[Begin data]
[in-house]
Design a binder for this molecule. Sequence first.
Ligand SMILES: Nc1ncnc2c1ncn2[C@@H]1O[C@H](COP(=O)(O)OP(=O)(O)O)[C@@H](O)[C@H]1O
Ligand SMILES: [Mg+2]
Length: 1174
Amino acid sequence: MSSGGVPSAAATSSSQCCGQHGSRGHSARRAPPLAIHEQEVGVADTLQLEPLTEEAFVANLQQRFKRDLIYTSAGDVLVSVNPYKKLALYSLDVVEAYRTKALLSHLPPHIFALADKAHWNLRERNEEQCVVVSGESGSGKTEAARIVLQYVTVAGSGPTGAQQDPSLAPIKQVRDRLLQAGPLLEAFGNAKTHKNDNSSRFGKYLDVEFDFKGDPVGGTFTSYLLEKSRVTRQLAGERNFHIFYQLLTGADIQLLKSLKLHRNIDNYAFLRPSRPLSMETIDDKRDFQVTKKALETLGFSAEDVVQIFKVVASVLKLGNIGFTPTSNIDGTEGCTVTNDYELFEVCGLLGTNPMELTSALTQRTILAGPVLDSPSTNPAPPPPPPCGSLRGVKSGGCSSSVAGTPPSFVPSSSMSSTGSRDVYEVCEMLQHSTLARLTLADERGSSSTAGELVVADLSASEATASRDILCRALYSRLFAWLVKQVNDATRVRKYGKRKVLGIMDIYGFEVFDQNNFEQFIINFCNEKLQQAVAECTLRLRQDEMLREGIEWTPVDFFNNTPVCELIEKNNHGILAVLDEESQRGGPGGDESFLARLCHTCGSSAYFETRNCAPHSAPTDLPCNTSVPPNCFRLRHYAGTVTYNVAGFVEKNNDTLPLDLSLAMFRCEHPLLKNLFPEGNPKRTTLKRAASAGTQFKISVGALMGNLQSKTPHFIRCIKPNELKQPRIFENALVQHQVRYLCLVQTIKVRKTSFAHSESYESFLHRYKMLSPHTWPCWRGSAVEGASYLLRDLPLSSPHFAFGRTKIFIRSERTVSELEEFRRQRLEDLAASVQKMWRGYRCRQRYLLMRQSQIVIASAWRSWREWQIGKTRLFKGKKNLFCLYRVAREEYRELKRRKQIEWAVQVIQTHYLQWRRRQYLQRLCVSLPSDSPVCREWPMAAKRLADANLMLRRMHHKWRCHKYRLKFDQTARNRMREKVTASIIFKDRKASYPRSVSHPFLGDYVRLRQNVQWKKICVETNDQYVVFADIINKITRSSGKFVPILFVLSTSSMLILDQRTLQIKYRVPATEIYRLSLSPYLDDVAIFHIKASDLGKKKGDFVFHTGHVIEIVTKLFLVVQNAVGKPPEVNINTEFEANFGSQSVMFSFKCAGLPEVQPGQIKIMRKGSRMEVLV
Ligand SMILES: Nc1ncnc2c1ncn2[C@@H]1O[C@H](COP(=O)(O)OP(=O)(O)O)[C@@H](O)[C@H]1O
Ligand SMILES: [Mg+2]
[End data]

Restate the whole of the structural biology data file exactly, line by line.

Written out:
[in-house]
Design a binder for this molecule. Sequence first.
Ligand SMILES: Nc1ncnc2c1ncn2[C@@H]1O[C@H](COP(=O)(O)OP(=O)(O)O)[C@@H](O)[C@H]1O
Ligand SMILES: [Mg+2]
Length: 1174
Amino acid sequence: MSSGGVPSAAATSSSQCCGQHGSRGHSARRAPPLAIHEQEVGVADTLQLEPLTEEAFVANLQQRFKRDLIYTSAGDVLVSVNPYKKLALYSLDVVEAYRTKALLSHLPPHIFALADKAHWNLRERNEEQCVVVSGESGSGKTEAARIVLQYVTVAGSGPTGAQQDPSLAPIKQVRDRLLQAGPLLEAFGNAKTHKNDNSSRFGKYLDVEFDFKGDPVGGTFTSYLLEKSRVTRQLAGERNFHIFYQLLTGADIQLLKSLKLHRNIDNYAFLRPSRPLSMETIDDKRDFQVTKKALETLGFSAEDVVQIFKVVASVLKLGNIGFTPTSNIDGTEGCTVTNDYELFEVCGLLGTNPMELTSALTQRTILAGPVLDSPSTNPAPPPPPPCGSLRGVKSGGCSSSVAGTPPSFVPSSSMSSTGSRDVYEVCEMLQHSTLARLTLADERGSSSTAGELVVADLSASEATASRDILCRALYSRLFAWLVKQVNDATRVRKYGKRKVLGIMDIYGFEVFDQNNFEQFIINFCNEKLQQAVAECTLRLRQDEMLREGIEWTPVDFFNNTPVCELIEKNNHGILAVLDEESQRGGPGGDESFLARLCHTCGSSAYFETRNCAPHSAPTDLPCNTSVPPNCFRLRHYAGTVTYNVAGFVEKNNDTLPLDLSLAMFRCEHPLLKNLFPEGNPKRTTLKRAASAGTQFKISVGALMGNLQSKTPHFIRCIKPNELKQPRIFENALVQHQVRYLCLVQTIKVRKTSFAHSESYESFLHRYKMLSPHTWPCWRGSAVEGASYLLRDLPLSSPHFAFGRTKIFIRSERTVSELEEFRRQRLEDLAASVQKMWRGYRCRQRYLLMRQSQIVIASAWRSWREWQIGKTRLFKGKKNLFCLYRVAREEYRELKRRKQIEWAVQVIQTHYLQWRRRQYLQRLCVSLPSDSPVCREWPMAAKRLADANLMLRRMHHKWRCHKYRLKFDQTARNRMREKVTASIIFKDRKASYPRSVSHPFLGDYVRLRQNVQWKKICVETNDQYVVFADIINKITRSSGKFVPILFVLSTSSMLILDQRTLQIKYRVPATEIYRLSLSPYLDDVAIFHIKASDLGKKKGDFVFHTGHVIEIVTKLFLVVQNAVGKPPEVNINTEFEANFGSQSVMFSFKCAGLPEVQPGQIKIMRKGSRMEVLV
Ligand SMILES: Nc1ncnc2c1ncn2[C@@H]1O[C@H](COP(=O)(O)OP(=O)(O)O)[C@@H](O)[C@H]1O
Ligand SMILES: [Mg+2]